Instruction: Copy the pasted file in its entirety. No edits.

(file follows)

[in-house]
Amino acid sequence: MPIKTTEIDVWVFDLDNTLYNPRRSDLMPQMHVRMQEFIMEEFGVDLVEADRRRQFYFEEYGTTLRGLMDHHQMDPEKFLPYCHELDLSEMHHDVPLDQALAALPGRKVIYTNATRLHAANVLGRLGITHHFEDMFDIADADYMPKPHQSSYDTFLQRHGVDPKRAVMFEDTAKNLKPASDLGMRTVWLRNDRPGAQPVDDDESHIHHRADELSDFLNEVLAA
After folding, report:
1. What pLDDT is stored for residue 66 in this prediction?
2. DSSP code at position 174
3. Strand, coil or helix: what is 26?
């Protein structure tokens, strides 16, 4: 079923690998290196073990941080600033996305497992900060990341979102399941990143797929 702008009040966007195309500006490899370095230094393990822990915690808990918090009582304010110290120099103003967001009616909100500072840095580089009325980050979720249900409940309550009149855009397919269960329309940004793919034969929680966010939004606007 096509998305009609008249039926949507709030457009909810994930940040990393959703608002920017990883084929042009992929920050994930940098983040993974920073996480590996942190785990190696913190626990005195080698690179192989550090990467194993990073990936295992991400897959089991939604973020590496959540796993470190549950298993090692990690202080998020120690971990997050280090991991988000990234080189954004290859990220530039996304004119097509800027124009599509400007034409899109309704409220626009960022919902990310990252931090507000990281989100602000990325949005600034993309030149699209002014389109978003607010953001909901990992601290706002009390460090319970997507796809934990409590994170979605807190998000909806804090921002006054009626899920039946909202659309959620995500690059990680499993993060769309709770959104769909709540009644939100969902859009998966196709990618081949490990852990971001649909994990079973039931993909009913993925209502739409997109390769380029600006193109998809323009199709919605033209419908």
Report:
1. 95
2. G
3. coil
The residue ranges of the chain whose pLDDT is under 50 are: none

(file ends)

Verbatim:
[in-house]
Amino acid sequence: MPIKTTEIDVWVFDLDNTLYNPRRSDLMPQMHVRMQEFIMEEFGVDLVEADRRRQFYFEEYGTTLRGLMDHHQMDPEKFLPYCHELDLSEMHHDVPLDQALAALPGRKVIYTNATRLHAANVLGRLGITHHFEDMFDIADADYMPKPHQSSYDTFLQRHGVDPKRAVMFEDTAKNLKPASDLGMRTVWLRNDRPGAQPVDDDESHIHHRADELSDFLNEVLAA
After folding, report:
1. What pLDDT is stored for residue 66 in this prediction?
2. DSSP code at position 174
3. Strand, coil or helix: what is 26?
């Protein structure tokens, strides 16, 4: 079923690998290196073990941080600033996305497992900060990341979102399941990143797929 702008009040966007195309500006490899370095230094393990822990915690808990918090009582304010110290120099103003967001009616909100500072840095580089009325980050979720249900409940309550009149855009397919269960329309940004793919034969929680966010939004606007 096509998305009609008249039926949507709030457009909810994930940040990393959703608002920017990883084929042009992929920050994930940098983040993974920073996480590996942190785990190696913190626990005195080698690179192989550090990467194993990073990936295992991400897959089991939604973020590496959540796993470190549950298993090692990690202080998020120690971990997050280090991991988000990234080189954004290859990220530039996304004119097509800027124009599509400007034409899109309704409220626009960022919902990310990252931090507000990281989100602000990325949005600034993309030149699209002014389109978003607010953001909901990992601290706002009390460090319970997507796809934990409590994170979605807190998000909806804090921002006054009626899920039946909202659309959620995500690059990680499993993060769309709770959104769909709540009644939100969902859009998966196709990618081949490990852990971001649909994990079973039931993909009913993925209502739409997109390769380029600006193109998809323009199709919605033209419908």
Report:
1. 95
2. G
3. coil
The residue ranges of the chain whose pLDDT is under 50 are: none